Flora Yukhnovich

London, UK
8 February – 30 March 2019

Yukhnovich’s research revolves around a series of binary positions: feminine and masculine, low and high culture, good and bad taste. To address these ideas she repurposes the motifs, palette and painterly gestures of an aesthetically contentious moment in the history of art, the Rococo. As an artist working in the twenty-first century the works of Fragonard, Boucher and Watteau and the cultural freight they carry become a vehicle for her ideas, rather than the sole focus of them. Through her images Yukhnovich explores aesthetic codes, specifically the ways in which painted images encrypt and reinforce gendered positions. Central to her investigation is the gendering of the colour pink. She says: ‘I feel a bit conflicted about the colour and the aesthetic it embodies. On the one hand, I accept the designated female imagery which I have grown up with and genuinely like, and on the other hand I feel embarrassment at the reflection it has on me. I think a similar tension exists in the recent popularity for Millennial pink. There is an enjoyment of nostalgia and pleasure, but also a feeling of the necessity for some degree of irony to create distance from the unwanted associations. I am trying to find a balance between these two feelings in my paintings.’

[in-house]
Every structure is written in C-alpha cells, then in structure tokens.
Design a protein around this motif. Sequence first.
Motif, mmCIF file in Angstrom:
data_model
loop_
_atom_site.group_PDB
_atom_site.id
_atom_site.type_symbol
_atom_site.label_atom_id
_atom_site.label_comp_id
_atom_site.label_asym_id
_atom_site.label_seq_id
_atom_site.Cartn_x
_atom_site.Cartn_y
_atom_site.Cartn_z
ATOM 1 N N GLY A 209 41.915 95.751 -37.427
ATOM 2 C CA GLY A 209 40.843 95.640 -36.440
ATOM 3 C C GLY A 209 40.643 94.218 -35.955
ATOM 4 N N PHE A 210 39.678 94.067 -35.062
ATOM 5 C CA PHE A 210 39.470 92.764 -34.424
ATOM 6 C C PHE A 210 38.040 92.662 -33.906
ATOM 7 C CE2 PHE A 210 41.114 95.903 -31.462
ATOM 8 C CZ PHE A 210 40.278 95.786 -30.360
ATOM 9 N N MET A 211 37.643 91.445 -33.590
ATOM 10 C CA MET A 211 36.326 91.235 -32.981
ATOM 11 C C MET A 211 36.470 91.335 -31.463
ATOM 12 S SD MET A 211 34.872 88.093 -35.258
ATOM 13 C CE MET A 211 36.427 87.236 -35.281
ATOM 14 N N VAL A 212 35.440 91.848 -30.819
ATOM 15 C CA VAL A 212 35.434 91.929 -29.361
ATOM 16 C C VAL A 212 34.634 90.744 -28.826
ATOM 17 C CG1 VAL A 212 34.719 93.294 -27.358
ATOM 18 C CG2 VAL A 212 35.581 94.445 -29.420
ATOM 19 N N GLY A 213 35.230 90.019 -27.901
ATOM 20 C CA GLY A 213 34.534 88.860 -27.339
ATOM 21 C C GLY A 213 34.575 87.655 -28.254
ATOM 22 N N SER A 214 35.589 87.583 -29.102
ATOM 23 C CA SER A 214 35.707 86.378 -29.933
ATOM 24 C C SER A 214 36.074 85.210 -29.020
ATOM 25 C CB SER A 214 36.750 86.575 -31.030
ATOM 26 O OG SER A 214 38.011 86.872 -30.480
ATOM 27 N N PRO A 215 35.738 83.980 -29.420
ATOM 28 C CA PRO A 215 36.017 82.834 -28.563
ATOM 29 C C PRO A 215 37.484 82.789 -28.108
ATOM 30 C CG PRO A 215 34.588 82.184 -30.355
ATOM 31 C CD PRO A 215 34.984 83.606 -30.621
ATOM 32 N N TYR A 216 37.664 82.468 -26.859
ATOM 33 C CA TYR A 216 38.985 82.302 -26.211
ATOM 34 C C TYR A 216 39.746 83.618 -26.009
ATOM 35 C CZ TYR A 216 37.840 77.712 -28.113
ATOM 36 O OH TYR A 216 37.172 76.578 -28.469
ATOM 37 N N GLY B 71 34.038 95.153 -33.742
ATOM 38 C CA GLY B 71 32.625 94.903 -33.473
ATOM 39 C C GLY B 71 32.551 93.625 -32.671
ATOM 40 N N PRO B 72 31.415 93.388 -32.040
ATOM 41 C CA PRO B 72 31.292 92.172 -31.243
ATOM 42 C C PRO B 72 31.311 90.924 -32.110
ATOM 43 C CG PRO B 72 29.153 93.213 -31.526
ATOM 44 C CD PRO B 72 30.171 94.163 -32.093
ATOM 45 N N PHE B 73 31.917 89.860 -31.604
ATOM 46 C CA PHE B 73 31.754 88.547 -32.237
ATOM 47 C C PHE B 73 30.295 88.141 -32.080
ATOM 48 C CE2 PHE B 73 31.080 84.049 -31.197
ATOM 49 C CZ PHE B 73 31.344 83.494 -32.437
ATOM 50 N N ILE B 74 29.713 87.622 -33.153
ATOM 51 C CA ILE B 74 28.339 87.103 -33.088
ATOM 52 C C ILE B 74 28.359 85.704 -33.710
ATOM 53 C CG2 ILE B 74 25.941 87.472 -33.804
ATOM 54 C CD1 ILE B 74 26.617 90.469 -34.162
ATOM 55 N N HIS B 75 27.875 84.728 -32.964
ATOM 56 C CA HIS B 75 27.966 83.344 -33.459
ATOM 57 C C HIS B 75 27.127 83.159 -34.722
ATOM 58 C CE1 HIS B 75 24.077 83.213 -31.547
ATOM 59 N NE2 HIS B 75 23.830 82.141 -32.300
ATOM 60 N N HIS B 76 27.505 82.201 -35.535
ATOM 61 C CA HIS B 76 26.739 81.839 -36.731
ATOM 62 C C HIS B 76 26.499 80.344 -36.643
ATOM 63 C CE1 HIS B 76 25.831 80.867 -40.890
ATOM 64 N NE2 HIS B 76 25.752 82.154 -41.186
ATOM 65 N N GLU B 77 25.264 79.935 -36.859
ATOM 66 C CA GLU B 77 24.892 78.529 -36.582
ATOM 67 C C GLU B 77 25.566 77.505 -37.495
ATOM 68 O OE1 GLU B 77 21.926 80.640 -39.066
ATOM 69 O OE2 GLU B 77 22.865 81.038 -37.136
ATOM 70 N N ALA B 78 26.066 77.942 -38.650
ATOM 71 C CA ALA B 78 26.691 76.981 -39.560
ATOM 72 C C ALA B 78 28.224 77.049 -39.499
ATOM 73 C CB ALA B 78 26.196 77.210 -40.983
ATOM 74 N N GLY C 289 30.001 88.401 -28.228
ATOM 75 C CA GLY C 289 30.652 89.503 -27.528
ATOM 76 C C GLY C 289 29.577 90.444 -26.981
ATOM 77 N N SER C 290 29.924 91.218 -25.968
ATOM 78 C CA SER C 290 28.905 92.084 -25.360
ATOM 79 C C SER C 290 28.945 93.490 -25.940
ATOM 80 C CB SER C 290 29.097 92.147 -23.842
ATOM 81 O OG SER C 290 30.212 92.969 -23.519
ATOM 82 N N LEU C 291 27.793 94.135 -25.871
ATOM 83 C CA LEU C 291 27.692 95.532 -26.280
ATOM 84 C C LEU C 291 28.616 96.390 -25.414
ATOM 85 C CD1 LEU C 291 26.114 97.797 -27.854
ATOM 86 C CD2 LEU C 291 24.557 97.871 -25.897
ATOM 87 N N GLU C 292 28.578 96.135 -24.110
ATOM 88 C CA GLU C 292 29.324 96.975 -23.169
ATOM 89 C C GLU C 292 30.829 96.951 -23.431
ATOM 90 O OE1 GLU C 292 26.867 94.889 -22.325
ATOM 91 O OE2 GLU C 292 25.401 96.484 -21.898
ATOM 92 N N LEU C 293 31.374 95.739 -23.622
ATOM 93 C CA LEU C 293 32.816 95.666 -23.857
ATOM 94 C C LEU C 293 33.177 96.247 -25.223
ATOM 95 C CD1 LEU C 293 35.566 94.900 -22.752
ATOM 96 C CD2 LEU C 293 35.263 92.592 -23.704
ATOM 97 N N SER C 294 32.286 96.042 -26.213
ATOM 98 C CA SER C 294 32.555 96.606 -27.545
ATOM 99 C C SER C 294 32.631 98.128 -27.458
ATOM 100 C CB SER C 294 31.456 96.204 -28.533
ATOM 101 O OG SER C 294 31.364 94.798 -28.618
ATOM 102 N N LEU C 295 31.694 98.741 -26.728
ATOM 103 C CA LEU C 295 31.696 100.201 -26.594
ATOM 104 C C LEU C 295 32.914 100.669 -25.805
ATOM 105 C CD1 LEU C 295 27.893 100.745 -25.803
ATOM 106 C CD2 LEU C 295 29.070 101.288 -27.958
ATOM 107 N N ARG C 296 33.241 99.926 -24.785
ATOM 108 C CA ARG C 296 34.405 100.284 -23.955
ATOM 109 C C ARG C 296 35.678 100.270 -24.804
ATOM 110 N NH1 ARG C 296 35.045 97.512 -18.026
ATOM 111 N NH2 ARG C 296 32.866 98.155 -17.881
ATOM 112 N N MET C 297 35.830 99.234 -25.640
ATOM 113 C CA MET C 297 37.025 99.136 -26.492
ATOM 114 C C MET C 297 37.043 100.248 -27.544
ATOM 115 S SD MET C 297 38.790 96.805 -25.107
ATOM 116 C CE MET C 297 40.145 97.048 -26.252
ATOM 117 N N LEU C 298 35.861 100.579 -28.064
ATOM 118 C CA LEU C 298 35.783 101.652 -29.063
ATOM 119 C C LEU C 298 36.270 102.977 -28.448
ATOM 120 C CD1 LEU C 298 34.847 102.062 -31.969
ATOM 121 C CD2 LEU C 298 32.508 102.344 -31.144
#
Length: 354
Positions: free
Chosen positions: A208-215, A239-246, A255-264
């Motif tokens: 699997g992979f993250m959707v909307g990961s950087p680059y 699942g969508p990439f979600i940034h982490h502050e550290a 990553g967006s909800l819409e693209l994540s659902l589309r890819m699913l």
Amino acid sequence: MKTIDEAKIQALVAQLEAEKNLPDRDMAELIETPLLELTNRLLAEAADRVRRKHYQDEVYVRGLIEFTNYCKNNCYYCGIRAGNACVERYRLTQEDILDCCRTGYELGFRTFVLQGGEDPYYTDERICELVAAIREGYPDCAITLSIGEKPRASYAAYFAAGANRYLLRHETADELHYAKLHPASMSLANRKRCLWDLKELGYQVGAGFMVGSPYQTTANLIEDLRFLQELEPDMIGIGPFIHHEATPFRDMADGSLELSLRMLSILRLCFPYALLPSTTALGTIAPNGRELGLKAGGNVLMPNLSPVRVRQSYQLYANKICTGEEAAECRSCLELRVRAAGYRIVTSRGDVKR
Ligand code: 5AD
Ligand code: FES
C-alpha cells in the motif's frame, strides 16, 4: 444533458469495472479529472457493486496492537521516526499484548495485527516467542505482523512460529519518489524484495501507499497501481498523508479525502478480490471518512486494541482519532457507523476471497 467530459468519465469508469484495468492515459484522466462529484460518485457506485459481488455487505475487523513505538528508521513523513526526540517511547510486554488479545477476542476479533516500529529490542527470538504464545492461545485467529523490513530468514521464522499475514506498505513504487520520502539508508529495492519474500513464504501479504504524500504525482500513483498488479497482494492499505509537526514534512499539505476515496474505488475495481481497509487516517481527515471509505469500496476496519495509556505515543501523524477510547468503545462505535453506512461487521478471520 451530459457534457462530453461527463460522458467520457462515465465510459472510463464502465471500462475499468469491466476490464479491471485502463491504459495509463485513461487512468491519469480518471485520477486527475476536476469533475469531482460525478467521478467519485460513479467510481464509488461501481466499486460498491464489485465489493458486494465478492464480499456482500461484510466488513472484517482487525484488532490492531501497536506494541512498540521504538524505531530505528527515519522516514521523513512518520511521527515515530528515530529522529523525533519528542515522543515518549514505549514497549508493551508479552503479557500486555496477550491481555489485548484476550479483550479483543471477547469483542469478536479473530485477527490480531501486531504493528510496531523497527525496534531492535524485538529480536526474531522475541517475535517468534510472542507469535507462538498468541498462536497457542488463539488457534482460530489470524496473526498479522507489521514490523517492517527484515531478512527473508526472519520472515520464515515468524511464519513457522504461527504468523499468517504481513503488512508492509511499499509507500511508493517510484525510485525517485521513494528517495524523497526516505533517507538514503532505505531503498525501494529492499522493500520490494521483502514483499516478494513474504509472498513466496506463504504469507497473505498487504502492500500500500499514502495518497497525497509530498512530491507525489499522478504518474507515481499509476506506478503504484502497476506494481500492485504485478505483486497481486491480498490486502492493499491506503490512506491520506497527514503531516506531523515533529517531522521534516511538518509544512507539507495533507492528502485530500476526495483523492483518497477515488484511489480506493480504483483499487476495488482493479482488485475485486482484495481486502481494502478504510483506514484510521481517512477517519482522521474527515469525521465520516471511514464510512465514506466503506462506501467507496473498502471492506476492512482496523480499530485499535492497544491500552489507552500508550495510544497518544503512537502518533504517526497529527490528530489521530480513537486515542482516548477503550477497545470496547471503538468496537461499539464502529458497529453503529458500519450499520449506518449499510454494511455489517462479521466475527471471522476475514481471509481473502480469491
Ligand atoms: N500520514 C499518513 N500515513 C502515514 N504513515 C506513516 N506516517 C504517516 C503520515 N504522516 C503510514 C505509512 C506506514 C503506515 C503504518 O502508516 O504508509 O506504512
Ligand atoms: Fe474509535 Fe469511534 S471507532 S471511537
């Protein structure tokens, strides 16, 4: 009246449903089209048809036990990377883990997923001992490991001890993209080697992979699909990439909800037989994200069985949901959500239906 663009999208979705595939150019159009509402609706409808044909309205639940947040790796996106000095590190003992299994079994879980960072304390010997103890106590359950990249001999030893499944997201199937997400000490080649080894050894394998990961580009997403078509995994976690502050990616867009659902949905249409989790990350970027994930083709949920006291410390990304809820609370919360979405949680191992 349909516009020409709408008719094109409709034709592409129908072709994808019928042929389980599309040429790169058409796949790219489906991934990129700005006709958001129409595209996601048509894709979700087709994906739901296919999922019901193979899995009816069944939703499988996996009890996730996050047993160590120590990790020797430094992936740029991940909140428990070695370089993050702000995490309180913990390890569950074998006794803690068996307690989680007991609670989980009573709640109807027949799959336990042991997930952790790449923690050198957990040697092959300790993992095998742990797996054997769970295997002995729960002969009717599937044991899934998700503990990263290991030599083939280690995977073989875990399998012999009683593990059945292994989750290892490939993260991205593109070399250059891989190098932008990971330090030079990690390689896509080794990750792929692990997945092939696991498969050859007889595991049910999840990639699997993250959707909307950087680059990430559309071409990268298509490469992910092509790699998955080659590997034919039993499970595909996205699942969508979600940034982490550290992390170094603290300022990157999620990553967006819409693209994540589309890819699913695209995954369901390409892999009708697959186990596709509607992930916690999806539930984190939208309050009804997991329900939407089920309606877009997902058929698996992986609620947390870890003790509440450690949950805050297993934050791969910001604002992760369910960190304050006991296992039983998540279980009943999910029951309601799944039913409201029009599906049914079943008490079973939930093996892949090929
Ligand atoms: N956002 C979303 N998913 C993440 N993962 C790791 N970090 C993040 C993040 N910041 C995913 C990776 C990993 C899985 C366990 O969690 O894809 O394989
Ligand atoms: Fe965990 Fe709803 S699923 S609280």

Flora Yukhnovich completed her MA at the City & Guilds of London Art School in 2017. Her work is currently included in the group exhibition ‘Dialogues: New Painting from London’ at GASK, the Gallery of the Central Bohemian Region, Czech Republic, and will also be included in ‘Telescope’ at the Jerwood Gallery Hastings, curated by Nigel Cooke, from 18 January 2019. She recently completed The Great Women Artists residency residency at Palazzo Monti, Brescia.

Image: Flora Yukhnovich, Untitled (detail), 2018. © Flora Yukhnovich 2018. Courtesy Parafin, London.